We demonstrate a generalizable strategy to use the relative trajectories of pairs and groups of nanocrystals, and potentially other nanoscale objects, moving in solution which can now be obtained by in situ liquid phase transmission electron microscopy (TEM) to determine the interaction potentials between nanocrystals. Such nanoscale interactions are crucial for collective behaviors and applications of synthetic nanocrystals and natural biomolecules, but have been very challenging to measure in situ at nanometer or sub-nanometer resolution. Here we use liquid phase TEM to extract the mathematical form of interaction potential between nanocrystals from their sampled trajectories. We show the power of this approach to reveal unanticipated features of nanocrystal–nanocrystal interactions by examining the anisotropic interaction potential between charged rod-shaped Au nanocrystals (Au nanorods); these Au nanorods assemble, in a tip-to-tip fashion in the liquid phase, in contrast to the well-known side-by-side arrangements commonly observed for drying-mediated assembly. These observations can be explained by a long-range and highly anisotropic electrostatic repulsion that leads to the tip-selective attachment. As a result, Au nanorods stay unassembled at a lower ionic strength, as the electrostatic repulsion is even longer-ranged. Our study not only provides a mechanistic understanding of the process by which metallic nanocrystals assemble but also demonstrates a method that can potentially quantify and elucidate a broad range of nanoscale interactions relevant to nanotechnology and biophysics. PMID:27162944

  7. Cu2Se and Cu Nanocrystals as Local Sources of Copper in Thermally Activated In Situ Cation Exchange

    PubMed Central

    2016-01-01

    Among the different synthesis approaches to colloidal nanocrystals, a recently developed toolkit is represented by cation exchange reactions, where the use of template nanocrystals gives access to materials that would be hardly attainable via direct synthesis. Besides, postsynthetic treatments, such as thermally activated solid-state reactions, represent a further flourishing route to promote finely controlled cation exchange. Here, we report that, upon in situ heating in a transmission electron microscope, Cu2Se or Cu nanocrystals deposited on an amorphous solid substrate undergo partial loss of Cu atoms, which are then engaged in local cation exchange reactions with Cu “acceptor” phases represented by rod- and wire-shaped CdSe nanocrystals. This thermal treatment slowly transforms the initial CdSe nanocrystals into Cu2–xSe nanocrystals, through the complete sublimation of Cd and the partial sublimation of Se atoms. Both Cu “donor” and “acceptor” particles were not always in direct contact with each other; hence, the gradual transfer of Cu species from Cu2Se or metallic Cu to CdSe nanocrystals was mediated by the substrate and depended on the distance between the donor and acceptor nanostructures. Differently from what happens in the comparably faster cation exchange reactions performed in liquid solution, this study shows that slow cation exchange reactions can be performed at the solid state and helps to shed light on the intermediate steps involved in such reactions. PMID:26816347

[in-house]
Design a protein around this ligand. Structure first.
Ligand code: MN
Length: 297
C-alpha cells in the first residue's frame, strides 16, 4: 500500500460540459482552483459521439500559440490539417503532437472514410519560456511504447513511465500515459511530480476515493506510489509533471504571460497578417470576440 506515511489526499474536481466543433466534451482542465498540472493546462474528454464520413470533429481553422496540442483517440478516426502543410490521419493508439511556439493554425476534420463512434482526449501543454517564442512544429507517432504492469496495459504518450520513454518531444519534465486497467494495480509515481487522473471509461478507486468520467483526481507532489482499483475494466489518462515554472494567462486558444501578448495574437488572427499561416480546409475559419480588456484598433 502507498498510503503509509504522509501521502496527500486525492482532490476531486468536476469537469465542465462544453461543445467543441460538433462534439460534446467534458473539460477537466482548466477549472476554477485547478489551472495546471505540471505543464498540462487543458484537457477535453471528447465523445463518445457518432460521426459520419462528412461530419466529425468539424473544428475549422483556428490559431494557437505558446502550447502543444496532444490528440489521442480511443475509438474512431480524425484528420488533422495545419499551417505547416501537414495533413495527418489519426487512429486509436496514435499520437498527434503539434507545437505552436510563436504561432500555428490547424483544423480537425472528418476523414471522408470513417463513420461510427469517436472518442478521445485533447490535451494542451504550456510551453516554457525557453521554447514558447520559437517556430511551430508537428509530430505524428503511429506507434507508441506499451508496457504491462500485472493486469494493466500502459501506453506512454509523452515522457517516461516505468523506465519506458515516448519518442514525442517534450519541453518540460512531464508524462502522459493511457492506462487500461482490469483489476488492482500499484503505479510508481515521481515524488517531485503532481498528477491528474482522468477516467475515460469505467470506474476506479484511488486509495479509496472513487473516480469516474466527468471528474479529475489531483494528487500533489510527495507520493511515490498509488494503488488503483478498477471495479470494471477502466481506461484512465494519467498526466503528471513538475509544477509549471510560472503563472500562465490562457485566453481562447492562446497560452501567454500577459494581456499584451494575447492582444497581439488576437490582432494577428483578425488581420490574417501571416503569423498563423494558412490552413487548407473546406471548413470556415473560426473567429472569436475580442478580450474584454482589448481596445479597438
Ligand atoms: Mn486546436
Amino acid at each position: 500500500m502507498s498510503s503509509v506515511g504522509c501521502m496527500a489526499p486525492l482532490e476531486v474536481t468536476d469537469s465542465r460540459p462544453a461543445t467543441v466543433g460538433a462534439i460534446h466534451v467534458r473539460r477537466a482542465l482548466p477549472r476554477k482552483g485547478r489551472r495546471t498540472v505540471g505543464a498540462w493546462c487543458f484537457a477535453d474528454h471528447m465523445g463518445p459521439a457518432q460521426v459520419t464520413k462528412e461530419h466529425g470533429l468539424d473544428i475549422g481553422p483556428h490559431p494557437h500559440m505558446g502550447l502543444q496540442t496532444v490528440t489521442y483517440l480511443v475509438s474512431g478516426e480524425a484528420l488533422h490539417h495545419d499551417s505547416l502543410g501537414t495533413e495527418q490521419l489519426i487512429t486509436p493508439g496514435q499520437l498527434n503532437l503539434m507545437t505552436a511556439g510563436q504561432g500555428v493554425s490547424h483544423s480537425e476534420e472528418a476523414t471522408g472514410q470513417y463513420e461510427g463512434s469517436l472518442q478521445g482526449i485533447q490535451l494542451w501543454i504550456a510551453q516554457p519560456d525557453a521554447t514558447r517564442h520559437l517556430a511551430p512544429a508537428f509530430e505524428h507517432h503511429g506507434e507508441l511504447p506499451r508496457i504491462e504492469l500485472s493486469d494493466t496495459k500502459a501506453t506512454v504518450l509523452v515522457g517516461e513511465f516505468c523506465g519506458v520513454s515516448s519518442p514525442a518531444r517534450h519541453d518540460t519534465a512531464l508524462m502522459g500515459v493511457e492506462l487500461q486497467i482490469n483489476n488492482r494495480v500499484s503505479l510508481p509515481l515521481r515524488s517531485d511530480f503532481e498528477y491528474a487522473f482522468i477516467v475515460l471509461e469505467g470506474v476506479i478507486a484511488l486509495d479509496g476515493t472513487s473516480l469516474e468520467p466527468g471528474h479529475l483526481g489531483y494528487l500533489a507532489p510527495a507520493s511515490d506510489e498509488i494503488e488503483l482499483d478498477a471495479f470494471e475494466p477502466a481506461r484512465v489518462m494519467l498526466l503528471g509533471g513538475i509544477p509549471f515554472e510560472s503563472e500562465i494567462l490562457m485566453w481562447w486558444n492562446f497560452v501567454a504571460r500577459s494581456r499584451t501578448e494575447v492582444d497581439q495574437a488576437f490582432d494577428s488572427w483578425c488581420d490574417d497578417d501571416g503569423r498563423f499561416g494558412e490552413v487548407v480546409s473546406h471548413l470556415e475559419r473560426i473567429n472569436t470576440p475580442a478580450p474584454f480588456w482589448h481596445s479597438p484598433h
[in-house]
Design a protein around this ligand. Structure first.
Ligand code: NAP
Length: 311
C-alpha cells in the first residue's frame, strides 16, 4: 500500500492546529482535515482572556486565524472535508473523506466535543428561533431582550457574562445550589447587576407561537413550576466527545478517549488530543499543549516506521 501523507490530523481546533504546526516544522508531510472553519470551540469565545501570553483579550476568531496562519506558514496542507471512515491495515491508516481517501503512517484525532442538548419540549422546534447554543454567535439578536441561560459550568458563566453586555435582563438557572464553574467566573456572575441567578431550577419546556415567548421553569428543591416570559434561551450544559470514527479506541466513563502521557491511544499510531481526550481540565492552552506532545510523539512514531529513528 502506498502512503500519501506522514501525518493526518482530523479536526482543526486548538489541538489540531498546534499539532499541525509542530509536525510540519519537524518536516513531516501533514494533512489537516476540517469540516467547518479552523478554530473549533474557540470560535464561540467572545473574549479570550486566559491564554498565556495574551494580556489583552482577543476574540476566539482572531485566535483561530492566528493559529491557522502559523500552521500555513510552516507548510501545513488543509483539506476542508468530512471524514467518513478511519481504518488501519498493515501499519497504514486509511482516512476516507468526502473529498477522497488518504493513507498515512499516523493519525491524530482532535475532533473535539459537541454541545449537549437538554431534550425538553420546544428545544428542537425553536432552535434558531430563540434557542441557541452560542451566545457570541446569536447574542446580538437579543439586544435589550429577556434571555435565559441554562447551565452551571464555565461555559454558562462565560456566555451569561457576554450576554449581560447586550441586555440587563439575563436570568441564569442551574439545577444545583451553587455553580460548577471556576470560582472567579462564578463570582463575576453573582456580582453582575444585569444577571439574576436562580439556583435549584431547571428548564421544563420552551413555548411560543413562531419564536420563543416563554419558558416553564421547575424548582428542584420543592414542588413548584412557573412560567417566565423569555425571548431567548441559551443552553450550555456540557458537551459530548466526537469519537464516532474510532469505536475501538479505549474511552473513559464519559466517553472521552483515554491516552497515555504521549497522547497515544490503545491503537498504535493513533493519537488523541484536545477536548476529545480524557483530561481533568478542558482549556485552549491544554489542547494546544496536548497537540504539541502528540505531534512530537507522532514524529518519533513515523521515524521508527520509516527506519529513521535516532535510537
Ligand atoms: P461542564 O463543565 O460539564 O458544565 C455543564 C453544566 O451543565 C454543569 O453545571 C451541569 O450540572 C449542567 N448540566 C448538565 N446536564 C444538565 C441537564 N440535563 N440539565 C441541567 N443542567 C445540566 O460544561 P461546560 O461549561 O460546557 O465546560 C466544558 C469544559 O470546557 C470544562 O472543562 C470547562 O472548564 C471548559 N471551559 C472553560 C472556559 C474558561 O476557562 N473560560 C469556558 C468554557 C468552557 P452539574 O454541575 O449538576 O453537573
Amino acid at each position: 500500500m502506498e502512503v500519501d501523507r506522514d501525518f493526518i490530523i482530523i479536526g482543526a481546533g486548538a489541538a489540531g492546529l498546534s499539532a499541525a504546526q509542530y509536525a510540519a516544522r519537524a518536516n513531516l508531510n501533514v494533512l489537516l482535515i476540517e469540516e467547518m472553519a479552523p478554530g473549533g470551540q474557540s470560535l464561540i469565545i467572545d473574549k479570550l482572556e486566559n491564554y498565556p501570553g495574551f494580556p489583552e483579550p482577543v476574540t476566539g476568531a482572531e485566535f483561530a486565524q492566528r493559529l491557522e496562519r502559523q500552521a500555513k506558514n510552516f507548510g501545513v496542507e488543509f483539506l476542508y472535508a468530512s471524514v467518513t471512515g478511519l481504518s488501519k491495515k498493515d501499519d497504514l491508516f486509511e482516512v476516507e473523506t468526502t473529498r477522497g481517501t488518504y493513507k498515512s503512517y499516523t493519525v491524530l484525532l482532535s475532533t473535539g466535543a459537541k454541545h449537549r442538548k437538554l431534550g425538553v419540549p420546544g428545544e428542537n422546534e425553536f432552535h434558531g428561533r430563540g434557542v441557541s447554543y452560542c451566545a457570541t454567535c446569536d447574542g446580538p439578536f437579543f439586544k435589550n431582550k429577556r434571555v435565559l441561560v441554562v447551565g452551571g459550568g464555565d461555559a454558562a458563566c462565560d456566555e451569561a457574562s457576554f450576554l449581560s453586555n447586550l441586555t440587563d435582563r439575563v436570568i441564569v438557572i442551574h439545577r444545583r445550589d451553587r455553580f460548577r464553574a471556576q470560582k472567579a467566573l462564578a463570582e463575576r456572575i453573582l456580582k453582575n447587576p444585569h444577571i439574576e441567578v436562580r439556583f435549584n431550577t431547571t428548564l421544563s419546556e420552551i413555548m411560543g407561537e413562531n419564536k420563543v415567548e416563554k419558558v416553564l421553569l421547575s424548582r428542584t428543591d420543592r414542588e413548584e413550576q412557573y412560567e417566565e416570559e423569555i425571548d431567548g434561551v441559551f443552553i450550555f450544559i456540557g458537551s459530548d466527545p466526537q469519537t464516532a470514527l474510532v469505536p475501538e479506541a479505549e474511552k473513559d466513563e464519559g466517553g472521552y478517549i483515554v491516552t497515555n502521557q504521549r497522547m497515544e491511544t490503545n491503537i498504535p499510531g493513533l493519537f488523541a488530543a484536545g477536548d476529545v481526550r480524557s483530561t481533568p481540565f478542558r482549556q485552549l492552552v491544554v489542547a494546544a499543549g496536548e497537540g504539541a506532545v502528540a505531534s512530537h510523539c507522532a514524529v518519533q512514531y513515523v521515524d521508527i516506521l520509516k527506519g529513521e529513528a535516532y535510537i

8. Cu₂Se and Cu Nanocrystals as Local Sources of Copper in Thermally Activated In Situ Cation Exchange.

    PubMed

    Casu, Alberto; Genovese, Alessandro; Manna, Liberato; Longo, Paolo; Buha, Joka; Botton, Gianluigi A; Lazar, Sorin; Kahaly, Mousumi Upadhyay; Schwingenschloegl, Udo; Prato, Mirko; Li, Hongbo; Ghosh, Sandeep; Palazon, Francisco; De Donato, Francesco; Mozo, Sergio Lentijo; Zuddas, Efisio; Falqui, Andrea

    2016-02-23

    Among the different synthesis approaches to colloidal nanocrystals, a recently developed toolkit is represented by cation exchange reactions, where the use of template nanocrystals gives access to materials that would be hardly attainable via direct synthesis. Besides, postsynthetic treatments, such as thermally activated solid-state reactions, represent a further flourishing route to promote finely controlled cation exchange. Here, we report that, upon in situ heating in a transmission electron microscope, Cu2Se or Cu nanocrystals deposited on an amorphous solid substrate undergo partial loss of Cu atoms, which are then engaged in local cation exchange reactions with Cu "acceptor" phases represented by rod- and wire-shaped CdSe nanocrystals. This thermal treatment slowly transforms the initial CdSe nanocrystals into Cu(2-x)Se nanocrystals, through the complete sublimation of Cd and the partial sublimation of Se atoms. Both Cu "donor" and "acceptor" particles were not always in direct contact with each other; hence, the gradual transfer of Cu species from Cu2Se or metallic Cu to CdSe nanocrystals was mediated by the substrate and depended on the distance between the donor and acceptor nanostructures. Differently from what happens in the comparably faster cation exchange reactions performed in liquid solution, this study shows that slow cation exchange reactions can be performed at the solid state and helps to shed light on the intermediate steps involved in such reactions.